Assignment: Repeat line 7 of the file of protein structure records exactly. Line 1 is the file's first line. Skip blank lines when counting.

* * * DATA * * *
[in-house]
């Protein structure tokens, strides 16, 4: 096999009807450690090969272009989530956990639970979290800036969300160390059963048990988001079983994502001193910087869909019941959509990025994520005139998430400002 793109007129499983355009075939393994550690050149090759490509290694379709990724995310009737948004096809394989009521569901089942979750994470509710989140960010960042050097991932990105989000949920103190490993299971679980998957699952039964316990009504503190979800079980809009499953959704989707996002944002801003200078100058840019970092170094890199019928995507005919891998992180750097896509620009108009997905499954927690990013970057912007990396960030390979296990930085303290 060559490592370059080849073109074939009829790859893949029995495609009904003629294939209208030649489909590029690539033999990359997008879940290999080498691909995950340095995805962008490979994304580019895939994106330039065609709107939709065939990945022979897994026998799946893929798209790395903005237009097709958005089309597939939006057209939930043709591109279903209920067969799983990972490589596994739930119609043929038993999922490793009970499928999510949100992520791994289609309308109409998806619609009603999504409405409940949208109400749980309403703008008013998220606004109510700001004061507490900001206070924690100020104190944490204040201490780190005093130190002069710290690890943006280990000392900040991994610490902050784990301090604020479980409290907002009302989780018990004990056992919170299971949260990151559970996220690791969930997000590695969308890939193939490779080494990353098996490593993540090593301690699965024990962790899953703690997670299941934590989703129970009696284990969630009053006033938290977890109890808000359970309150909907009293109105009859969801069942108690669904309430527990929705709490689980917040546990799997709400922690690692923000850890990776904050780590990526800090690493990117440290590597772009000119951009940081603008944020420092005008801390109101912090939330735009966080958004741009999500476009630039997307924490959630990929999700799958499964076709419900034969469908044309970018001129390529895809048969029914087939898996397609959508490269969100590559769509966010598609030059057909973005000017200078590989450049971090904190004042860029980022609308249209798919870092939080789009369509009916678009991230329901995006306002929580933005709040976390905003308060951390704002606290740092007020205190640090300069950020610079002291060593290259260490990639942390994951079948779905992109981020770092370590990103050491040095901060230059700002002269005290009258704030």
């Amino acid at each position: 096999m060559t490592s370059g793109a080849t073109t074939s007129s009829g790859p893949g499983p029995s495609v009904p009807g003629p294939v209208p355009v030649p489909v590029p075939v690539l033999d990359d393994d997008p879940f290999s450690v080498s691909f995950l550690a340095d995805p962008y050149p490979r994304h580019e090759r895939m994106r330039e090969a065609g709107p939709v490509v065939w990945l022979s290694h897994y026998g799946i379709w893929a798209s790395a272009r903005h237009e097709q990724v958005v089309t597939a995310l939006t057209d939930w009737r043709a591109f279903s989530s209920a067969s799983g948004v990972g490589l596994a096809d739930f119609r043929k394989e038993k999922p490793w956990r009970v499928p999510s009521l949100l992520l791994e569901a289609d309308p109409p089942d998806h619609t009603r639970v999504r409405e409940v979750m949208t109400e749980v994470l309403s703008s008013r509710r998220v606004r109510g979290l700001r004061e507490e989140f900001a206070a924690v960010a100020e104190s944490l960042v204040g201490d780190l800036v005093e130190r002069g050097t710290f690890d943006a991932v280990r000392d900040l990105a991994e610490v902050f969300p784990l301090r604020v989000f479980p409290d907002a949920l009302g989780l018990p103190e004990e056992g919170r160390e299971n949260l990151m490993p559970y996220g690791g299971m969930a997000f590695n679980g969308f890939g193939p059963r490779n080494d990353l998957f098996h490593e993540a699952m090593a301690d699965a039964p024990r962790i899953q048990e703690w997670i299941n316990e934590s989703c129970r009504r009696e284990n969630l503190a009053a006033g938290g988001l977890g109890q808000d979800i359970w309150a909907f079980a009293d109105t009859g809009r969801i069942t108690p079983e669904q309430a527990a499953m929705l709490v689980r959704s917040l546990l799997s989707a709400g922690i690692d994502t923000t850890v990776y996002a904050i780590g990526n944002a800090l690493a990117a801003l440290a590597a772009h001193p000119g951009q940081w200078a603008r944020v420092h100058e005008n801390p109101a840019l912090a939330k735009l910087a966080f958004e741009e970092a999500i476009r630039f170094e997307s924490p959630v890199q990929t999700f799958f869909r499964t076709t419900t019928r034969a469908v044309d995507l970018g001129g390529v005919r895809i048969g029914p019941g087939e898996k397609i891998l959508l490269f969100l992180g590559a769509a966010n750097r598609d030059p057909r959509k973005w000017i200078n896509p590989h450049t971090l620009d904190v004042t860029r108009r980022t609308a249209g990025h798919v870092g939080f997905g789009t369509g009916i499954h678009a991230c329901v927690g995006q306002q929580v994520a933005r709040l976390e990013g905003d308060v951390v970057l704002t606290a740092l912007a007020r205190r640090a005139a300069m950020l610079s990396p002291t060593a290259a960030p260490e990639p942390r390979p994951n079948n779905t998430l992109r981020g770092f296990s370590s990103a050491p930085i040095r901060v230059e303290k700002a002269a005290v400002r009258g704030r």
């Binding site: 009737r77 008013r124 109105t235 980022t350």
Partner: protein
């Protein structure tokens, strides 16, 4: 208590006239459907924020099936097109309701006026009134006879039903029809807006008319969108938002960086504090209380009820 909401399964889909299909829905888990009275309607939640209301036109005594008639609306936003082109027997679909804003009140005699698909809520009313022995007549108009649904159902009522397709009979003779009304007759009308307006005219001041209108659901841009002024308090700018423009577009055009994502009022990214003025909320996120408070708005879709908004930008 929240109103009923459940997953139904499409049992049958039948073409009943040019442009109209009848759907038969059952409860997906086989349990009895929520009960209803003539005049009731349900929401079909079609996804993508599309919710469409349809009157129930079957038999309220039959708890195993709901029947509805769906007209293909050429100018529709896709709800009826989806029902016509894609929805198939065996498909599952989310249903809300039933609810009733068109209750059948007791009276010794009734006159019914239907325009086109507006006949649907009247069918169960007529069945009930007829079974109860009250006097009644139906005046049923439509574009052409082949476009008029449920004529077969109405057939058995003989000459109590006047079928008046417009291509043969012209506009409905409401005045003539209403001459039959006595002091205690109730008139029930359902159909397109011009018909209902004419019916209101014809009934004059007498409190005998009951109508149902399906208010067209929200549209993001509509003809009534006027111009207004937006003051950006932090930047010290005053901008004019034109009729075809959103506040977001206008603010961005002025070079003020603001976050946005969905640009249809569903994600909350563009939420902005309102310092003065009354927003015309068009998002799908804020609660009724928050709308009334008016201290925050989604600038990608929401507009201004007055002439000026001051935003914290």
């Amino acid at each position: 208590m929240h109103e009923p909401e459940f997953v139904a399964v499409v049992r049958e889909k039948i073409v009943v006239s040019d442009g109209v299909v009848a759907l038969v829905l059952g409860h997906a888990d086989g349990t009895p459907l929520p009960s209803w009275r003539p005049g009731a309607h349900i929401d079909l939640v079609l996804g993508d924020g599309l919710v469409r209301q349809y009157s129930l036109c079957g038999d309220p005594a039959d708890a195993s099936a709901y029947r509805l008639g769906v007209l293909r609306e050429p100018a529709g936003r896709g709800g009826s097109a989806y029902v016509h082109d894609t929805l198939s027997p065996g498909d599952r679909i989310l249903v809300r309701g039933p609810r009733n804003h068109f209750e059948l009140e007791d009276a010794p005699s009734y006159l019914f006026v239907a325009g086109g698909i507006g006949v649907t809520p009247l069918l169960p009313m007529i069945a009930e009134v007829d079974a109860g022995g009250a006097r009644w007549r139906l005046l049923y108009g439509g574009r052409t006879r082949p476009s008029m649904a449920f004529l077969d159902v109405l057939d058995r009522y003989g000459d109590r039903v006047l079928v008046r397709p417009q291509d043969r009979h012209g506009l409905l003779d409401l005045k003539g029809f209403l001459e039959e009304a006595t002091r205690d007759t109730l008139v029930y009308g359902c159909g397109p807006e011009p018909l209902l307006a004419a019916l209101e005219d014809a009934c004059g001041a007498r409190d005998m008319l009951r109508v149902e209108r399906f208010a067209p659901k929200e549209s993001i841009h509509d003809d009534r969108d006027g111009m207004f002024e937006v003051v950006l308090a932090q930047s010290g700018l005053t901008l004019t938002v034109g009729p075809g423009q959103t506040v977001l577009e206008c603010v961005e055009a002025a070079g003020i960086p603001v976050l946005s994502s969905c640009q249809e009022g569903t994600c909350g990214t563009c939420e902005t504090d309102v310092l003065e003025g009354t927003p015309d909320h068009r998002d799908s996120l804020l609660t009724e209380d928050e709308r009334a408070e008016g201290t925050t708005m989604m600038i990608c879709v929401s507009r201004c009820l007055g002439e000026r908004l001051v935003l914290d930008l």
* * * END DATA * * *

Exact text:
């Amino acid at each position: 208590m929240h109103e009923p909401e459940f997953v139904a399964v499409v049992r049958e889909k039948i073409v009943v006239s040019d442009g109209v299909v009848a759907l038969v829905l059952g409860h997906a888990d086989g349990t009895p459907l929520p009960s209803w009275r003539p005049g009731a309607h349900i929401d079909l939640v079609l996804g993508d924020g599309l919710v469409r209301q349809y009157s129930l036109c079957g038999d309220p005594a039959d708890a195993s099936a709901y029947r509805l008639g769906v007209l293909r609306e050429p100018a529709g936003r896709g709800g009826s097109a989806y029902v016509h082109d894609t929805l198939s027997p065996g498909d599952r679909i989310l249903v809300r309701g039933p609810r009733n804003h068109f209750e059948l009140e007791d009276a010794p005699s009734y006159l019914f006026v239907a325009g086109g698909i507006g006949v649907t809520p009247l069918l169960p009313m007529i069945a009930e009134v007829d079974a109860g022995g009250a006097r009644w007549r139906l005046l049923y108009g439509g574009r052409t006879r082949p476009s008029m649904a449920f004529l077969d159902v109405l057939d058995r009522y003989g000459d109590r039903v006047l079928v008046r397709p417009q291509d043969r009979h012209g506009l409905l003779d409401l005045k003539g029809f209403l001459e039959e009304a006595t002091r205690d007759t109730l008139v029930y009308g359902c159909g397109p807006e011009p018909l209902l307006a004419a019916l209101e005219d014809a009934c004059g001041a007498r409190d005998m008319l009951r109508v149902e209108r399906f208010a067209p659901k929200e549209s993001i841009h509509d003809d009534r969108d006027g111009m207004f002024e937006v003051v950006l308090a932090q930047s010290g700018l005053t901008l004019t938002v034109g009729p075809g423009q959103t506040v977001l577009e206008c603010v961005e055009a002025a070079g003020i960086p603001v976050l946005s994502s969905c640009q249809e009022g569903t994600c909350g990214t563009c939420e902005t504090d309102v310092l003065e003025g009354t927003p015309d909320h068009r998002d799908s996120l804020l609660t009724e209380d928050e709308r009334a408070e008016g201290t925050t708005m989604m600038i990608c879709v929401s507009r201004c009820l007055g002439e000026r908004l001051v935003l914290d930008l």